If you don't already live in a city with polluted air (for instance, Manhattan, Los Angeles, and Tokyo were all triggers for my asthma), don't move to one and don't holiday in one, for now. If you do live in one, don't go running marathons outdoors.
If you are allergic to bees or have another similar allergy that can lead to anaphylactic shock, for heaven's sake, keep yourEpi-Penwith you and current, don't go frolicking through the clover fields (or don't stuff yourself with peanut satay, if yours is a peanut allergy), and have a talk with your doctor about your pregnancy and your medication.
4 Pregnancy Rhinitis
You might feel like you have hay fever without actually having environmentally-caused hay fever.Pregnancy rhinitis makes you have a stuffy nose, also potentially sneezing, coughing, headache, and stuffy sinus cavities. It is caused by the increased amounts of estrogen and blood in your body swelling up your mucus membranes. It goes away a couple of weeks after you have your baby.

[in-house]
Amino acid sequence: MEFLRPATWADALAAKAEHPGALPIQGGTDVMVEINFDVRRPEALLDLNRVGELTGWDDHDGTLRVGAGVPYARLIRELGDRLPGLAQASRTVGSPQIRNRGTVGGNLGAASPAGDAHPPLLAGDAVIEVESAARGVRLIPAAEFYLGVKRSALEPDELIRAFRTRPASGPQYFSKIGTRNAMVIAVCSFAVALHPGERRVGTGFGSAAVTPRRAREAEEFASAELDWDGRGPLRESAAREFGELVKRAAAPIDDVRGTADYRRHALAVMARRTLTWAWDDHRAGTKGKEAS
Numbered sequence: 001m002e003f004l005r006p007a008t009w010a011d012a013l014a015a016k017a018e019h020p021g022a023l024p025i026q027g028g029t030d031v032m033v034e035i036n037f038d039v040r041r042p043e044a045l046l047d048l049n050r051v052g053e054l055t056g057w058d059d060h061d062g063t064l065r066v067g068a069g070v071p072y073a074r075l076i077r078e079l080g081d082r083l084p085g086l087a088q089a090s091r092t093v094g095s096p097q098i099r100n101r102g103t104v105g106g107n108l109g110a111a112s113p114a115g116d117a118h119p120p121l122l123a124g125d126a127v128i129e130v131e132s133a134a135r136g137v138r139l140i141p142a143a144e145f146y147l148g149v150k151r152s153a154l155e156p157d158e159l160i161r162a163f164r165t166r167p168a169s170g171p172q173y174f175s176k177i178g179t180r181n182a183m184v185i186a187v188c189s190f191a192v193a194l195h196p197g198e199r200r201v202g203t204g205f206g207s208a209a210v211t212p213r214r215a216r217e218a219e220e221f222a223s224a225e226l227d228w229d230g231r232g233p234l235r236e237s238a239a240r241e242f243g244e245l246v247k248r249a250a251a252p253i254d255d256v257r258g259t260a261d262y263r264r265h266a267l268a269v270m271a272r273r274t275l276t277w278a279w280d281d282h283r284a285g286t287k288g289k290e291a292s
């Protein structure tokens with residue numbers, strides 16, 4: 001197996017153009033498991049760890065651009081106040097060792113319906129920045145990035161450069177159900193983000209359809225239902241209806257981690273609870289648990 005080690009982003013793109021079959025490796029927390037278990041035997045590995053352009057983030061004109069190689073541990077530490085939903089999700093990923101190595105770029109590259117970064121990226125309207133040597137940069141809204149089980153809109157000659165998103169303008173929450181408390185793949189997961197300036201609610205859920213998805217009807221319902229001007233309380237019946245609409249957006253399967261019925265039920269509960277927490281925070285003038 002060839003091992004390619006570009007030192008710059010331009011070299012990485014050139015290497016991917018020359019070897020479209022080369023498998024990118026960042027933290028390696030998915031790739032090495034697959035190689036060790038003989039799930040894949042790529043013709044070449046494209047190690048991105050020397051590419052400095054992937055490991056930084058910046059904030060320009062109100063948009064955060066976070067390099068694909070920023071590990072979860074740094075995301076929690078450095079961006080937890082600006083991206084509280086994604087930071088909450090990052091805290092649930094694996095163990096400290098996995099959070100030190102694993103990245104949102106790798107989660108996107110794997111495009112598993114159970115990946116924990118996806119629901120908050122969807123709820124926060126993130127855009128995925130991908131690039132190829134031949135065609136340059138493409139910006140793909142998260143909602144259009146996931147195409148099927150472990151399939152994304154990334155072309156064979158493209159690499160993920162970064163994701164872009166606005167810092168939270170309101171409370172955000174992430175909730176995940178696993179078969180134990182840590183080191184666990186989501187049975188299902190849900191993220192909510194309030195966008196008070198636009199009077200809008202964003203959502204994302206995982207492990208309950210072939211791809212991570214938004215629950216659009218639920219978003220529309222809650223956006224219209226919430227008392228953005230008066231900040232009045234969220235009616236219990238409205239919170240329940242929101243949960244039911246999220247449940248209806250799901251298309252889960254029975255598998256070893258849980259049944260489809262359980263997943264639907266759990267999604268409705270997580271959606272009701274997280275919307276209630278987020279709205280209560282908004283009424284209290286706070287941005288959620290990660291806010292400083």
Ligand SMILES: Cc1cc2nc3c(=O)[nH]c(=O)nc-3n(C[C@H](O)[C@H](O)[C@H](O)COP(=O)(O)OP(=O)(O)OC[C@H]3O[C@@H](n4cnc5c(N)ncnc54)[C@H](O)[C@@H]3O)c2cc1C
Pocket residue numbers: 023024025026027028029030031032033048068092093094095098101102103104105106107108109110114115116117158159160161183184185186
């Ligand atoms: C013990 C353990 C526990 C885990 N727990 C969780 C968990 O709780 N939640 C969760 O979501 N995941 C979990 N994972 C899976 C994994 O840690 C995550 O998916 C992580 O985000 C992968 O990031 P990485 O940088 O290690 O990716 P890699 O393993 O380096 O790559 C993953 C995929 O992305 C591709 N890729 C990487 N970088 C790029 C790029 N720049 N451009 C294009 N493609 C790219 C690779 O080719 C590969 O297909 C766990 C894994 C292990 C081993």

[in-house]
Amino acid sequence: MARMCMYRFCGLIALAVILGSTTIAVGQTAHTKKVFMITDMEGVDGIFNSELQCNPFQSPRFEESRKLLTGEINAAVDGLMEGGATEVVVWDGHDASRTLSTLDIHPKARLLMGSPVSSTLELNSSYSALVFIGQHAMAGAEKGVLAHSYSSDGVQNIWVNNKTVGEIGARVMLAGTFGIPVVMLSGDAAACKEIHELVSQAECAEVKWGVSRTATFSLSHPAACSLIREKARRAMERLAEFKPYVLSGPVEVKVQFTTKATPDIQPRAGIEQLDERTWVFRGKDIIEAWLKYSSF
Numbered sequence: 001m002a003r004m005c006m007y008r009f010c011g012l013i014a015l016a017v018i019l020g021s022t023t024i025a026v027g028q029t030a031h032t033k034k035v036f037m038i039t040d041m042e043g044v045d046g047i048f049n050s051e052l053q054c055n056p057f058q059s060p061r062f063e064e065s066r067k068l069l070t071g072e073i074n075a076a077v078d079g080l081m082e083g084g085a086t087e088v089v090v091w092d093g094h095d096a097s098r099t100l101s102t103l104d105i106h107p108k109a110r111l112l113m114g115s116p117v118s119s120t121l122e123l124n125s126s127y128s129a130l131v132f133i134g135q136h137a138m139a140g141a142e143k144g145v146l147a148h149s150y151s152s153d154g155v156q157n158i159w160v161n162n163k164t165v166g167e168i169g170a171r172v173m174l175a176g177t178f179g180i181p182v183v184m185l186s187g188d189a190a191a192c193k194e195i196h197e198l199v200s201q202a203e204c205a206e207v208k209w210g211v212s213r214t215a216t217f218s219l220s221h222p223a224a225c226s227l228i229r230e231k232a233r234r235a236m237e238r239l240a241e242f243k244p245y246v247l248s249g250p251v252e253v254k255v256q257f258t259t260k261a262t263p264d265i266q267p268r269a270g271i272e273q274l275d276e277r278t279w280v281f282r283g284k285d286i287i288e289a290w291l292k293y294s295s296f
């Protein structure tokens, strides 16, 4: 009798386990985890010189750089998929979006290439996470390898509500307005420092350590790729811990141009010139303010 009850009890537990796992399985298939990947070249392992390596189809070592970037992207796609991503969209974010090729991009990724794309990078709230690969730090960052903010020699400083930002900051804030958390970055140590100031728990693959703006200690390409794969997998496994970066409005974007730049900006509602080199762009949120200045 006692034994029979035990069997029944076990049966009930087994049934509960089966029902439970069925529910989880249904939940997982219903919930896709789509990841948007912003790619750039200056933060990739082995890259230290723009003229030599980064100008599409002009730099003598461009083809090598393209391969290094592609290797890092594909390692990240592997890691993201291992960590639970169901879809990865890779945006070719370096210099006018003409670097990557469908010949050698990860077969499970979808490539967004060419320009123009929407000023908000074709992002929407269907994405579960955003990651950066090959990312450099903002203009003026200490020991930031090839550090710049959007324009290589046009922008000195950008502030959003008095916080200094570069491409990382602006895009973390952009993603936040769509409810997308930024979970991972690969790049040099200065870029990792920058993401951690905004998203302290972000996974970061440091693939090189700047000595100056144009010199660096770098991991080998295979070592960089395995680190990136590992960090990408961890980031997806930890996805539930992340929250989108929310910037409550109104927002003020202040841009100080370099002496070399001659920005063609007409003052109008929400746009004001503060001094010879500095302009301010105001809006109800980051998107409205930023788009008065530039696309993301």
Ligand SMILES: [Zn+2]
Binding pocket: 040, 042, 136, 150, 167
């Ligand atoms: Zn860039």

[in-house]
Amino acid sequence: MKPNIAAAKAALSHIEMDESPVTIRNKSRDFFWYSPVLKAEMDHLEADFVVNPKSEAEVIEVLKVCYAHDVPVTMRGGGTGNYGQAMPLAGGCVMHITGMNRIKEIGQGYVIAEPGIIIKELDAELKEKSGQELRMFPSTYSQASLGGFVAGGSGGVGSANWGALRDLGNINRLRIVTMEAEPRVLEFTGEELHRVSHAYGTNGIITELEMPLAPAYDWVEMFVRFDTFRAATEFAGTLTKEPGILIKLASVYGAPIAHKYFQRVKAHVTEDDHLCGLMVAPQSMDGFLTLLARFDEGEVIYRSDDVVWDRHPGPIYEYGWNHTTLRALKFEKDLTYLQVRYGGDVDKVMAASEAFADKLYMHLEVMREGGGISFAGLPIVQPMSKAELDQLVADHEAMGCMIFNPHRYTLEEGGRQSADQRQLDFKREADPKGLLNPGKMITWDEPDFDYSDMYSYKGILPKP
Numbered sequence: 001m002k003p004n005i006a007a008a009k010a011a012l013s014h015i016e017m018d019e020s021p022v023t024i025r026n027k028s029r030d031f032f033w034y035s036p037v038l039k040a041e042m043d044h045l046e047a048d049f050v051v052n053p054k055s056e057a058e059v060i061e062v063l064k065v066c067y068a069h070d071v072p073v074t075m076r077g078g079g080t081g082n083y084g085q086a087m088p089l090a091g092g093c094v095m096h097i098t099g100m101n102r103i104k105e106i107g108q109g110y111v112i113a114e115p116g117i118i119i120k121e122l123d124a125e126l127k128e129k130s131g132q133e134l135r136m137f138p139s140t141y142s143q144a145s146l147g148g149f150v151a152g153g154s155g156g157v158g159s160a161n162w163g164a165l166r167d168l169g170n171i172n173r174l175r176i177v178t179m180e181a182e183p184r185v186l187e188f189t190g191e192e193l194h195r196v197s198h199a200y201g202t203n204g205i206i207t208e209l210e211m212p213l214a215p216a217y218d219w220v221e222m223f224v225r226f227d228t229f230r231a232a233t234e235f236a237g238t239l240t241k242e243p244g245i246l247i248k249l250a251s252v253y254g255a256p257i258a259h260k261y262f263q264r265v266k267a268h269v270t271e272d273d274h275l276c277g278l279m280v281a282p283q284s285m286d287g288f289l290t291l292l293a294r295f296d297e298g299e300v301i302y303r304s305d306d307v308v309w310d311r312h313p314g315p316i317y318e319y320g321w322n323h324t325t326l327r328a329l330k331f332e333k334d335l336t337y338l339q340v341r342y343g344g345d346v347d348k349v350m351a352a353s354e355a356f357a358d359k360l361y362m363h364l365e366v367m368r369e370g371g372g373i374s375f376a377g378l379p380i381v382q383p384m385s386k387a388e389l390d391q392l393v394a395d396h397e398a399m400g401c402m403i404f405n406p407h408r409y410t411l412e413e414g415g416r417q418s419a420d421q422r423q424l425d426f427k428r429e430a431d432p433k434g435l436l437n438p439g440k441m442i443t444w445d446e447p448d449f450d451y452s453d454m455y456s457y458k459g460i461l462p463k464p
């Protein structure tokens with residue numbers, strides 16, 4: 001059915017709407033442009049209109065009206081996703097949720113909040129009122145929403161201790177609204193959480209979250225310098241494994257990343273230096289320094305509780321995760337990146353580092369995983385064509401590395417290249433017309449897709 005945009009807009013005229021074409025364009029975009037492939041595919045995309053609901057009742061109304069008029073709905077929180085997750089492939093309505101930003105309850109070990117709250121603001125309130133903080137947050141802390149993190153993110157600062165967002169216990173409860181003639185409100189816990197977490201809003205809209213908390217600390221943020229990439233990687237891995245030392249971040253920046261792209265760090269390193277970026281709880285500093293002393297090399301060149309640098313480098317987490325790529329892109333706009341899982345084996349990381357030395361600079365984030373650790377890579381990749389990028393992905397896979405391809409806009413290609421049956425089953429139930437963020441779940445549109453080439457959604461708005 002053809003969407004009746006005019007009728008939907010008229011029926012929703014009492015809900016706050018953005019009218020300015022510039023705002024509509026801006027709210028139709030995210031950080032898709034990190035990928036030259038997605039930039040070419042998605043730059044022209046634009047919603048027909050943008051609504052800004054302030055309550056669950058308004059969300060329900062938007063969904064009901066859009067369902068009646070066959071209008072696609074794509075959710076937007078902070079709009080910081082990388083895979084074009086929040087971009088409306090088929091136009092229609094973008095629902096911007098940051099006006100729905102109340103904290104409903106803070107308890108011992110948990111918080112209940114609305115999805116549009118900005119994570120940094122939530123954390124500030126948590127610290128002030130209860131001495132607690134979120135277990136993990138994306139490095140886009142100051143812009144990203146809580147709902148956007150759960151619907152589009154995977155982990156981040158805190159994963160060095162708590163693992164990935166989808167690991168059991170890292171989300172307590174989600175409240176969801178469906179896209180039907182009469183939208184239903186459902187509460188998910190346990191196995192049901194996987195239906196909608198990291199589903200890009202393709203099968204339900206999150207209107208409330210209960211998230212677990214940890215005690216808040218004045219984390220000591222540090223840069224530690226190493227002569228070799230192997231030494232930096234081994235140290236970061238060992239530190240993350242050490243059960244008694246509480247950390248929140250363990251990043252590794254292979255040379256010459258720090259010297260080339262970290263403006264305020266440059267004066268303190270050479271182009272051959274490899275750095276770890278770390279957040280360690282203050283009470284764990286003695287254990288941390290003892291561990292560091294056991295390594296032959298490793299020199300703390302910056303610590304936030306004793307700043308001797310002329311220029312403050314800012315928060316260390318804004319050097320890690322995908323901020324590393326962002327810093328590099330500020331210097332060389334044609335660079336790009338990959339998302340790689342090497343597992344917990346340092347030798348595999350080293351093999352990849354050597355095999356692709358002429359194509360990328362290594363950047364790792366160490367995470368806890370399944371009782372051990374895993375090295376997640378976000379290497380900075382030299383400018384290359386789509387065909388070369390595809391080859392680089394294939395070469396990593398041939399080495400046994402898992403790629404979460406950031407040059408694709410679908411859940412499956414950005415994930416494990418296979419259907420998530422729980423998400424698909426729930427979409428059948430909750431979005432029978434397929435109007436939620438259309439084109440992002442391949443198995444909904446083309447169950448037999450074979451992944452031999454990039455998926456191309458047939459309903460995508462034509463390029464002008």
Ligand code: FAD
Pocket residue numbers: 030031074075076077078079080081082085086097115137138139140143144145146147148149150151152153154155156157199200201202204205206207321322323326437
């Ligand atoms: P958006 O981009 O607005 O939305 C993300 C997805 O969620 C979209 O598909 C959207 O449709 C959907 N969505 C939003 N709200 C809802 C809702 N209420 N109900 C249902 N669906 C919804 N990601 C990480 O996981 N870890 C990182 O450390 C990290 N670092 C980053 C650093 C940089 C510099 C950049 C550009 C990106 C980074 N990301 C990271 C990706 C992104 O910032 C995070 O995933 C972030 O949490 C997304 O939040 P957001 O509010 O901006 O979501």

You can take ordinary over-the-counter decongestants and antihistamines for pregnancy rhinitis. Nasal saline spray also helps.
Use a humidifier at night (keeping it clean, to avoid breathing bacteria), run yourself warm baths, drink plenty of clear fluids, avoid caffeine, and you can also put your nose over a steaming cup of tea or a steaming tea kettle. These are also ways to deal with ordinary hay fever.
3 Skin Allergies
My heart goes out to you if you're pregnant and you have some kind of skin itchies or rash. I am covered with stress-induced hives right now, thanks to my son coming down with strep throat in the middle of a bunch of life happening, so I empathize with you! Not every itchy blotchy skin thing is caused by what you eat. Mine are often caused simply by stress.
And remember what the doctors themselves said to me when I went to the hospital in Siena, covered with homesickness hives: “con la dermatologia, é sempre un mistero.” With dermatology, it's always a mystery.